United Nations agencies and their partners have mounted a response for up to 25,000 civilians stranded in the bush by fighting in South Sudan's Jonglei state, after gaining access to the area earlier this week.
Fighting between Government forces and armed groups in Jonglei has displaced thousands of civilians since January. The UN and its partners have had access to most of the 1.5 million people in the area, but were unable until this week to reach a couple of the villages from which people fled and were hiding in the bush.
The UN Humanitarian Coordinator in South Sudan, Toby Lanzer, said that expanded access for aid agencies in Pibor County has allowed for the assessment of the needs of up to 25,000 civilians who have fled recent fighting.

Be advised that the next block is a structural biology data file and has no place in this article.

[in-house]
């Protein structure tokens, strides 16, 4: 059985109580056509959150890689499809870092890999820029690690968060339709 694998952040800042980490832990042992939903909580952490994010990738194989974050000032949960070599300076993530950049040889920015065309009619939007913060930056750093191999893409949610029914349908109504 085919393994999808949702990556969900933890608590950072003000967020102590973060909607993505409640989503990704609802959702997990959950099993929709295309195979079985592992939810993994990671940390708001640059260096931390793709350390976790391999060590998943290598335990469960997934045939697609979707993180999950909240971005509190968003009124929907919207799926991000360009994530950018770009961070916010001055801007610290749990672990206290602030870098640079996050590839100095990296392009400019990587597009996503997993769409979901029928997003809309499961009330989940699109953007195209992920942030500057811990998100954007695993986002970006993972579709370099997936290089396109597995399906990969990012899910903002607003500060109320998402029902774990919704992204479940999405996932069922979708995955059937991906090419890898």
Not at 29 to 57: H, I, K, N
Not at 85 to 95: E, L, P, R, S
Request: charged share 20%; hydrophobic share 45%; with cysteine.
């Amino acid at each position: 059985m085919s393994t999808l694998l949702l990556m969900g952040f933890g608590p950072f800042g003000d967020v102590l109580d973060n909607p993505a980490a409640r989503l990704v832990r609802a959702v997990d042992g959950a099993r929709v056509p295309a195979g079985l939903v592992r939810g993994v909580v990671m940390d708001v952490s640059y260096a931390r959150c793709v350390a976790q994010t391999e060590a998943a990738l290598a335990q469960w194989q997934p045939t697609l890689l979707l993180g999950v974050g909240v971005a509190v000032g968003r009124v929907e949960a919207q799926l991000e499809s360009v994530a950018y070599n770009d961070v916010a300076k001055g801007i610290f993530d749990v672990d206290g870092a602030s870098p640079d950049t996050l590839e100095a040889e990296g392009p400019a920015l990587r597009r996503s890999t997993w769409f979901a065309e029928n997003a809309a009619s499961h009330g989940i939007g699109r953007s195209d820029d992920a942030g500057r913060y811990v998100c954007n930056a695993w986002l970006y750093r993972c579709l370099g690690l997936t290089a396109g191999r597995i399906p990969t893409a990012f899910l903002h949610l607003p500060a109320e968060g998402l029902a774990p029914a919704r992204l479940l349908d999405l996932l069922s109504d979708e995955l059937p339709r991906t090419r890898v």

"I am particularly concerned that some children show signs of measles, a fatal disease in such conditions," he said in a statement.
UN agencies and non-governmental organizations (NGOs) have a joint team on the ground and are providing medical assistance, water purification tablets and plastic sheeting.
"Civilians stranded in the bush need not only peace and security, but also freedom of movement so that they can access services," he added. "Basic services can be provided by humanitarian organizations, assuming that all parties ensure unhindered and continuous access, as well as an environment which is safe and welcoming for non-governmental organizations and UN agencies."
Mr. Lanzer had called the access gained earlier this week a "significant breakthrough." With the rainy season started and expected to last through December, the basic concerns of the families in the area are staying dry and warm, food and medical needs.
South Sudan, which marked its second independence anniversary earlier this month, has been plagued by sporadic ethnic violence as well as a border conflict with Sudan.